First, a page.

Philip (Sean Harris) is a troubled puppeteer with a waning grip on reality, living in his family home with repugnant uncle Maurice (Alun Armstrong). While there, Philip adopts a terrifying puppet which triggers a descent into insanity and the manifestation of monsters. Philip then has to cut ties with the puppet to halt his deterioration into absolute delirium.
After expressing his passion for horror (via humour) in classic British TV series Garth Marenghi’s Darkplace, writer/director Matthew Holness makes a perfect transition into serious genre film-making with this earthy, gothic and unapologetically demented feature debut. Possum is crafted with a colossal love of horror, but the type of which we rarely see on screen. Instead of well-known classics from the era, Possum seems inspired by lesser known, bleak British flicks like The Legend of Hell House, Sleepwalker and Threads, pulp horror paperbacks by Ramsey Campbell, James Herbert and Shaun Hutson (that Holness spoofed so perfectly in Darkplace), and TV series’ like The Day of the Triffids, Tales of the Unexpected and Chimera.
The story stars with an ominous poetry reading and credit sequence recalling the jittery dot matrix computer effects/ scratchy analogue lettering from twisted kids’ TV programmes like The Tomorrow People, The Boy From Space and Dark Towers. From there we are led into a drab, rustic land, dotted with gothic references to Victorian horror. Philip’s world is the perfect fusion of 70s suburban Britain and Gothic/ German expressionist fantasy with austere, dank suburbia tinkering on post-apocalyptic/ dystopia, beautifully captured on 35mm. A sodden charcoal, British sky hangs over Norfolk like a muddy sponge sopping dankness into fantasy, making for an oddly perfect, yet alien landscape to the off-gothic devices.
Sean Harris plays Philip with that inimitable jittery edge, evident in his earlier performances in Creep (2004), Harry Brown and Deliver Us From Evil. His skittish portrayal places the viewer in the position of a detached evaluator slowly being digested by his breakdown. Philip clings to his last scintilla of sanity and he is forced to face his past before exploding into full blown psychosis when his nightmares come alive. This is partly way of Holness’ brilliant writing/directing, but the characters and their manifestations via fantastic acting from both Harris and Alun Armstrong are not the only components that contribute to Possum’s uniqueness. A discordant score by the Radiophonic Workshop augments the screw loosening dread and recalls the kind of music from 70s/80s horror film/ TV without feeling retro or nostalgic.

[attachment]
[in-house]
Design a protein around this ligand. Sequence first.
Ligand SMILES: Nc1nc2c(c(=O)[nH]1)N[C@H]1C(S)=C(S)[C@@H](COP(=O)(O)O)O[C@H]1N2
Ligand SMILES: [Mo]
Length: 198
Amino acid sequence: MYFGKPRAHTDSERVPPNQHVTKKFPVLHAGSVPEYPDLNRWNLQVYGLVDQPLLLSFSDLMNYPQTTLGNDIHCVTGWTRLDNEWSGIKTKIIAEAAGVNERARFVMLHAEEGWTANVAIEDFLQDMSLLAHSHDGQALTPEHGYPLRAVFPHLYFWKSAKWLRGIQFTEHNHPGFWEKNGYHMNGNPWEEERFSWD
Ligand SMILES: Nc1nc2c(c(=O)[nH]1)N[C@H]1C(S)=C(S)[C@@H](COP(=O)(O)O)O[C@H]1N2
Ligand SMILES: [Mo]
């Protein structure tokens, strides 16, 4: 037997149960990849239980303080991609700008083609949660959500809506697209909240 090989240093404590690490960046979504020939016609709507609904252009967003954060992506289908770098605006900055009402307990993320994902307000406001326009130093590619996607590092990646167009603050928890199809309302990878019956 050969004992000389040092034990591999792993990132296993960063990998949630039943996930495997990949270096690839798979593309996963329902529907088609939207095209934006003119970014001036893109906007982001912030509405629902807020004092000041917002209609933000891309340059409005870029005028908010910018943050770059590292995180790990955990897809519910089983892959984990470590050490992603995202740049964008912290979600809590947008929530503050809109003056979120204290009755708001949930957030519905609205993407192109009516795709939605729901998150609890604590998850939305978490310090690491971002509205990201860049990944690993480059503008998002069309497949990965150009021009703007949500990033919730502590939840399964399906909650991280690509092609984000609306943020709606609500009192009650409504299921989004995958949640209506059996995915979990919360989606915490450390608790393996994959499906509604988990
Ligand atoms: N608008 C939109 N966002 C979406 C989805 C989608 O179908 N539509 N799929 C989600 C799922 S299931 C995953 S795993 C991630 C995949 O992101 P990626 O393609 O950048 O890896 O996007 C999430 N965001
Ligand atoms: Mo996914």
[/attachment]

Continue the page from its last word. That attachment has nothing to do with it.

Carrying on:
Amongst the many influences ,the novel concept, fractured characters and excellent performances provide vital sustenance for Possum’s eclectic “inspired by” palette and cranky visual potency. It feels like a fairy-tale corrupted by reality, flourishing into Lovecraftian realms with the DNA of Andrea Arnold and Grand Grimoire, to make for a debut that’s blissfully unique. Holness conjures an original yet primal terror and dread that feels similar to the kind felt when first watching The Wicker Man, Hellraiser and Paper House, yet it is breathtakingly innovative in both its execution and incorporating of puppets into the fusty milieu.
Surrealism simmers along with unease before budding into a terrifying crescendo while the themes of mental illness (and it’s managing) ground Possum in reality. A subplot involving a missing schoolboy also lends worrying weight to the fact that we (as viewers) could be empathising with the wrong kind of protagonist. It is this within the context of 70s British cinema that augments the terror/ surrealist elements, but Possum feels mostly like the mouldy afterbirth of Eraserhead, delivered by The Wicker Man in The Twilight Zone, and cut of the same cloth as those unsettling public information films that haunted British day TV forty plus years ago. David Cronenberg’s Spider also springs to mind.
Not only is Holness’ debut also one of the most unique and creepiest “creature” features in years, but one of the best British horror films ever made: a raw, surreal gem that burns slow before maturing into a heart-raking horror and marks him out as a strong contender for a future genre master. It’s the black rose in a bed of rotting poppies, on the cusp of budding into a Nazi rhododendron, or flesh eating Triffid. What starts as slow, enthralling and disturbing excursion into dank middle England (and the mind of a twitching maniac) soon flourishes into a dark and twisted delirium (the perfect comfort zone for horror fans) before crashing into heart stopping terror for the final third. Possum is a warped horror masterpiece that is striking, frightening, brazenly bizarre and will haunt you long after watching it.
Words: Daniel Goodwin (@privateutopias)